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High School players & muscle building supplements



Bordow: Supplement use dangerous for high school athletes

Kelly Moore is no expert on nutritional supplements. But the Mesa High School football coach knows firsthand the effect they can have on a teenager.

"We've had kids drinking three or four Red Bulls every day and all of a sudden at the end of the week they can't make weightlifting in the morning because they're so tired," Moore said. "Why? Because they've used up so much energy in the middle of the day being on that stuff."

The use of nutritional supplements among high school athletes is back in the news after more than 20 Oregon football players received hospital treatment for extreme muscle fatigue and soreness and were found to have elevated levels of the enzyme creatine kinase.

A few of the players told doctors they had been taking protein shakes to try to bulk up, and Dr. Michael Koester, chairman of a state and national high school sports medicine committee, told the Eugene Register-Guard that supplements could have played a "contributing factor."

Scott Brown, athletic director for the Paradise Valley Unified School District, wasn't surprised by the news.

"The fear for me is that kids are always out searching for the next thing they think will help them," Brown said.

Supplement use among adolescents has been rising in recent years as more products become readily available. One 2006 study estimated that 22.3 percent of high school athletes from ages 14 to 19 take supplements on a regular basis.

A 2001 study reported that 62 percent of middle school and high school athletes from ages 10 to 18 had used creatine, which can cause kidney dysfunction. This, despite the American Academy of Pediatrics recommending no one under age 18 should use the supplement.

The worry for Brown and other administrators and coaches is twofold:

First, because supplements are not regulated by the Food and Drug Administration, product mislabeling is an industrywide problem. One example: In 2009, the FDA recalled 65 dietary supplements available on bodybuilding.com because they contained ingredients the government organization deemed to be steroids.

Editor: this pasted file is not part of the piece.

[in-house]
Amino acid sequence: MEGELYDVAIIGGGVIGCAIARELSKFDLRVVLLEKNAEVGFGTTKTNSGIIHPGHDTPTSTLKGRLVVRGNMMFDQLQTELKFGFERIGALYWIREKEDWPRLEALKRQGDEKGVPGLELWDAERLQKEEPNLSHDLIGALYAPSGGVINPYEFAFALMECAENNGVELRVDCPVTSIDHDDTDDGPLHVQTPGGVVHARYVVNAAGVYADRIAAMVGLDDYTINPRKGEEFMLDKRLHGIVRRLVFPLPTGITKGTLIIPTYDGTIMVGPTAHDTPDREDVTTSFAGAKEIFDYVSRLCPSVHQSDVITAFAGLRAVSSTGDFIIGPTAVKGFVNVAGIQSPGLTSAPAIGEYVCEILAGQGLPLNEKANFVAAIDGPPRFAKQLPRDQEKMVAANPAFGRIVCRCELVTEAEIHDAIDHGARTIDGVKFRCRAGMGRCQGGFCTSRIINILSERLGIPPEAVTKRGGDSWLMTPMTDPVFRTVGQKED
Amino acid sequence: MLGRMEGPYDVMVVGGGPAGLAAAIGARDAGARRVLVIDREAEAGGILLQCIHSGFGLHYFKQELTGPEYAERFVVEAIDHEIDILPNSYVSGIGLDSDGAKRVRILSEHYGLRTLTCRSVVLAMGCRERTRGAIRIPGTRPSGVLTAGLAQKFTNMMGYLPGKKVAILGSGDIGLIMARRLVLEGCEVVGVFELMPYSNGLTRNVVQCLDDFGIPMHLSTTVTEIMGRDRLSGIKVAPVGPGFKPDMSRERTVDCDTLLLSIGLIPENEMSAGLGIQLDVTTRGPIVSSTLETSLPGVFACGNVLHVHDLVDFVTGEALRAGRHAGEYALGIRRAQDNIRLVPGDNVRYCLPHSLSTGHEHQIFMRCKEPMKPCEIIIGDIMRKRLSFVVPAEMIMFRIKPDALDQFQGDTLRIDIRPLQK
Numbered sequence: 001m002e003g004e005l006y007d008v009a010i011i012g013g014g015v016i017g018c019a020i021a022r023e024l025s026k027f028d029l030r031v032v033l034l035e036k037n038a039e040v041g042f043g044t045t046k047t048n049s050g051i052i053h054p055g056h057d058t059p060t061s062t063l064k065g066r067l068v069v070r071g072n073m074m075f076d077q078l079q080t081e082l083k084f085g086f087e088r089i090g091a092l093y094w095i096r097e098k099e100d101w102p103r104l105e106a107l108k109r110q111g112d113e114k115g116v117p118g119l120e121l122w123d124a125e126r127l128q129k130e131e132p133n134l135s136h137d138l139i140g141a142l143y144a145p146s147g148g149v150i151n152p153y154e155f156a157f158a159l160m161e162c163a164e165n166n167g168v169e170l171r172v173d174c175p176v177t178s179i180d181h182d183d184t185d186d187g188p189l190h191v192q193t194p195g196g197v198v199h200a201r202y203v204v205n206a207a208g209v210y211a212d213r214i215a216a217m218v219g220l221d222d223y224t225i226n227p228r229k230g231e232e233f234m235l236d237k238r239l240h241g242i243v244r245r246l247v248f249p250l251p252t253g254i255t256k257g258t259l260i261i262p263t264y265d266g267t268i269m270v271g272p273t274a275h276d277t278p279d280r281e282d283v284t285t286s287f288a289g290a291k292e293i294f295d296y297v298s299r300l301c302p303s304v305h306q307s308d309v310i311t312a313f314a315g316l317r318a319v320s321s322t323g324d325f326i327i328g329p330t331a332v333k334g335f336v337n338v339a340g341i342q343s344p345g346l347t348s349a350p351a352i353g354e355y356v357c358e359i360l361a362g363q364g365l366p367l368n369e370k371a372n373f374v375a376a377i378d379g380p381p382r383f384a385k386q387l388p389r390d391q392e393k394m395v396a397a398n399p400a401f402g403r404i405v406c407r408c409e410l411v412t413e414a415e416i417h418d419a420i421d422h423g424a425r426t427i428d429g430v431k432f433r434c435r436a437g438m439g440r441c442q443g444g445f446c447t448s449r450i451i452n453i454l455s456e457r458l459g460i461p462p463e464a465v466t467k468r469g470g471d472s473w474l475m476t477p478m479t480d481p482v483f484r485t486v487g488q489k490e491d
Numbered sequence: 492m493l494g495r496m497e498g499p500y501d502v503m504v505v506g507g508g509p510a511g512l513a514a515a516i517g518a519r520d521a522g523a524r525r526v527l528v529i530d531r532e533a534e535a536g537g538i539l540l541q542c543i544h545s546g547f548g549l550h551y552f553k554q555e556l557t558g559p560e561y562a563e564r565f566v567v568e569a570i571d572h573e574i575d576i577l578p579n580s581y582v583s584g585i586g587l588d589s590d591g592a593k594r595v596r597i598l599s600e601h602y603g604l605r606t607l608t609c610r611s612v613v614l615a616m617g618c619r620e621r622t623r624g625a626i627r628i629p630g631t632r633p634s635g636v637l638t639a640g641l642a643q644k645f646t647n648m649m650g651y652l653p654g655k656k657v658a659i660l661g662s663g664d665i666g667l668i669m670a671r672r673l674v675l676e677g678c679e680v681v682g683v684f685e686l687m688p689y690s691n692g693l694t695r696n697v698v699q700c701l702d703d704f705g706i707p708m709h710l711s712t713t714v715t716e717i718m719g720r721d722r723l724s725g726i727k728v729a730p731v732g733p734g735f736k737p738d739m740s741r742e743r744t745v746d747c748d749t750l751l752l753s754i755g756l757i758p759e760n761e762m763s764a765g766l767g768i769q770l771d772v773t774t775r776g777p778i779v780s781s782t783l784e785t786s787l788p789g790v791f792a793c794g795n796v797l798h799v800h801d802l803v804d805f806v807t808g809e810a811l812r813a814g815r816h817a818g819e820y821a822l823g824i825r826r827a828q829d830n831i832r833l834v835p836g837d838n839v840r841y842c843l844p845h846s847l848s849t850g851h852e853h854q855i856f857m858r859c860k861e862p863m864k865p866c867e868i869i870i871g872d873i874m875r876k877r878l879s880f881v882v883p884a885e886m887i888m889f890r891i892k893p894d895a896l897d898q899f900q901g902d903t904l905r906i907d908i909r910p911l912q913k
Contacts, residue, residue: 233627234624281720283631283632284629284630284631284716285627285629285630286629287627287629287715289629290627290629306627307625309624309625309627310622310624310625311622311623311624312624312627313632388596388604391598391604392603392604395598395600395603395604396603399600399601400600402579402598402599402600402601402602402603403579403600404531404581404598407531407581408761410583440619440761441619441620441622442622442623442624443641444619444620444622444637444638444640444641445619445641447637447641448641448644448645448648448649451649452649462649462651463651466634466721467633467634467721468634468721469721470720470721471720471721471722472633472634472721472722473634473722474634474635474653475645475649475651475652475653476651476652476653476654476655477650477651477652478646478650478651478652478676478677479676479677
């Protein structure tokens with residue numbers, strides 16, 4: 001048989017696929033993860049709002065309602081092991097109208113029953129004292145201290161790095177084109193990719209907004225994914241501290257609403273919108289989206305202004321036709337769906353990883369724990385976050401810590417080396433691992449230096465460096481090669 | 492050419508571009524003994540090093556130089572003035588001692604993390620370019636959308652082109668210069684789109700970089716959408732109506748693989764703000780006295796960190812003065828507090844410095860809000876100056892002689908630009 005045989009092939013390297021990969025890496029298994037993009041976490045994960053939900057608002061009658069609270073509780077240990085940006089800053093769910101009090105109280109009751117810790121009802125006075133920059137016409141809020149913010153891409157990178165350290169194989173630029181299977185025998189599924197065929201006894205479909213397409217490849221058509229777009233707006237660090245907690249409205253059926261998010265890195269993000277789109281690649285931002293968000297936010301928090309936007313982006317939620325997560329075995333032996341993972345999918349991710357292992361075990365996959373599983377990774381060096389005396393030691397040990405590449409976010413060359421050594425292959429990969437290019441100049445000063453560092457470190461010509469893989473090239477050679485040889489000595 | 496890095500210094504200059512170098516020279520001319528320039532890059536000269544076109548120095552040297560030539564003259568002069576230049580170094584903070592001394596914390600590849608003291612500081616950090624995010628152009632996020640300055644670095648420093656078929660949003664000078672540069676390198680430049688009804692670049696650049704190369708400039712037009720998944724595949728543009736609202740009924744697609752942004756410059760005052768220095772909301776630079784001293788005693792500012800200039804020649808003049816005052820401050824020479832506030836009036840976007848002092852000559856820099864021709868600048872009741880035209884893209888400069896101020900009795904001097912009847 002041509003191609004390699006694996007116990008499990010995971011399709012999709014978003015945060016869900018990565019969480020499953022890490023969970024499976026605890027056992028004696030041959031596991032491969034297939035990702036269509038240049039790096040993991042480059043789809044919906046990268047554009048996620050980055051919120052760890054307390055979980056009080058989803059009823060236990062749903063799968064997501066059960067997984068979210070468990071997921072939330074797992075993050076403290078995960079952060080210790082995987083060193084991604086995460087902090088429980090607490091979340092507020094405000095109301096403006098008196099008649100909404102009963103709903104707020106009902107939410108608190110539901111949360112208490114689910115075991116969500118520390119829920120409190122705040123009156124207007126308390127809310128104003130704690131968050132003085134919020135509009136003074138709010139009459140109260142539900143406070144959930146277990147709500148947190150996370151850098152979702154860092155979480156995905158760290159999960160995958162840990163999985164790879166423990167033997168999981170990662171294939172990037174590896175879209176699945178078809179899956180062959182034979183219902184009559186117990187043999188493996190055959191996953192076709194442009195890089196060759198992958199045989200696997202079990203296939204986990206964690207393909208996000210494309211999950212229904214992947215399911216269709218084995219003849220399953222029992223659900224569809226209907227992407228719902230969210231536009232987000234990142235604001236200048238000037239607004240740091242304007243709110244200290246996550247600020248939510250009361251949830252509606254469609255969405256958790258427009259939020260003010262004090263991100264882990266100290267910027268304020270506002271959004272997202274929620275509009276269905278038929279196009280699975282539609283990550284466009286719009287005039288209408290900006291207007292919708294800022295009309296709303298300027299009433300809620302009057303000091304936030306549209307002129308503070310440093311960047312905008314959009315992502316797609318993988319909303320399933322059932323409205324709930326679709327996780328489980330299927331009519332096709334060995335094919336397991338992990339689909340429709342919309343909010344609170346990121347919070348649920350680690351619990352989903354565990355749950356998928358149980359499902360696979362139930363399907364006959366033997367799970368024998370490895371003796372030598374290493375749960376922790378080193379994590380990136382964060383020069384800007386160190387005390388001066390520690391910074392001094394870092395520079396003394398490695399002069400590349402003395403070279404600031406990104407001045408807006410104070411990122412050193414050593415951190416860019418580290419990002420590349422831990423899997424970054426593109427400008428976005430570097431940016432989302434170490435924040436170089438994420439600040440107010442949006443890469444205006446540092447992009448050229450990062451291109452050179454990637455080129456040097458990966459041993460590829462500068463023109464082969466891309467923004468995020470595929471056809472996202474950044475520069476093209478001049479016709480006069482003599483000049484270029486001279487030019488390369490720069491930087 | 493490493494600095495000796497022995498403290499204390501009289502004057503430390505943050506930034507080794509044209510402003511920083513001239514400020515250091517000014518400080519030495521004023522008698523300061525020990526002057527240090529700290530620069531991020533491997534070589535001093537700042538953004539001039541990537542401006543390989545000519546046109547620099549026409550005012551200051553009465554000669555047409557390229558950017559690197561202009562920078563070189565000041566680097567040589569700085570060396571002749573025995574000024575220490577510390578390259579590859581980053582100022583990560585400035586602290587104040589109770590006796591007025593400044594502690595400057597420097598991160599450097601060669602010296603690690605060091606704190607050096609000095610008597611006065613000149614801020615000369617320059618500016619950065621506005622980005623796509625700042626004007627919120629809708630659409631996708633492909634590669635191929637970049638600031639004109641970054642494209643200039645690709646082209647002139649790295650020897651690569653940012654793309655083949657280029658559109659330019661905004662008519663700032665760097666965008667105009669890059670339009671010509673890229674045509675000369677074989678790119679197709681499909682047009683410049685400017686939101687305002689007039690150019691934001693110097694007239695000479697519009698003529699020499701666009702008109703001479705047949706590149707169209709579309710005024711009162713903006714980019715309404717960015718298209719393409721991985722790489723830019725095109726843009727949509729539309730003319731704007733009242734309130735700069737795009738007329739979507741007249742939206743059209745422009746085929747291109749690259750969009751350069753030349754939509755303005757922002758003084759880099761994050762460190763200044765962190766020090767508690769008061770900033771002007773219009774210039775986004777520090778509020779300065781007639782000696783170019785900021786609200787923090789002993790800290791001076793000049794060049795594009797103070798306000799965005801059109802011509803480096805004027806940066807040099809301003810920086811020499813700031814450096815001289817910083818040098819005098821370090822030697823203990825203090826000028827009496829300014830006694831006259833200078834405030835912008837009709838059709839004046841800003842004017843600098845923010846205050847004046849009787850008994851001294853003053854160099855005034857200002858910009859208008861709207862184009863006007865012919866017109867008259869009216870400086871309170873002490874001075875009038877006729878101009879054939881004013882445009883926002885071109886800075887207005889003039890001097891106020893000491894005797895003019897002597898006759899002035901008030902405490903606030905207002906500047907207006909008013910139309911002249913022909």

"I am worried about kids using supplements and not knowing what's in them," said Chuck Schmidt, chief operations officer of the Arizona Interscholastic Association.

Second, even if supplement manufacturers practice truth in advertising, high school athletes too often ignore the potential danger at their lips.

"One of the things I've learned from talking to kids and listening to coaches," Brown said, "is that with the Internet, kids think they have become so savvy. They really think they have the answers. But they don't pay enough attention to how harmful supplements can be."

Energy drinks, those five-hour pick-me-ups available in every corner store, are the supplement of choice these days for high school athletes, Brown said. Kids are gulping down a couple of bottles after school in order to get an energy boost for practice. What they don't know - or refuse to acknowledge - is that the high levels of caffeine in many of the products can lead to dehydration, particularly in the Arizona heat.

"When they see it's sold at any store, kids just assume it's safe," Brown said. "I'm more concerned about those drinks than I am about stuff like creatine."

The best advice for high school athletes is to practice extreme caution: Don't believe what the label says, don't believe the product is OK because it's sold at the local Circle K, and don't ingest any supplement without medical consent and oversight.

"We really have to do our due diligence in terms of providing them information," Moore said.

Some kids still won't listen. In September 2002, Illinois high school athlete Sean Riggins died of cardiac arrest. Doctors later learned that Riggins had been "jacketing," popping a yellow-and-black striped capsule called Yellow Jacket, before wrestling meets and football practices.

The pills contained ephedra and caffeine, a combination that speeds up the metabolism.

"Basically, his heart was pumping so fast, it gave out on him," coroner Chuck Fricke told Sports Illustrated.

See, kids?

What you don't know can kill you.

Read more: http://www.azcentral.com/sports/preps/articles/2010/09/01/20100901bordow-supplement-use-dangerous-high-school-athletes.html#ixzz0yUi5BhTD

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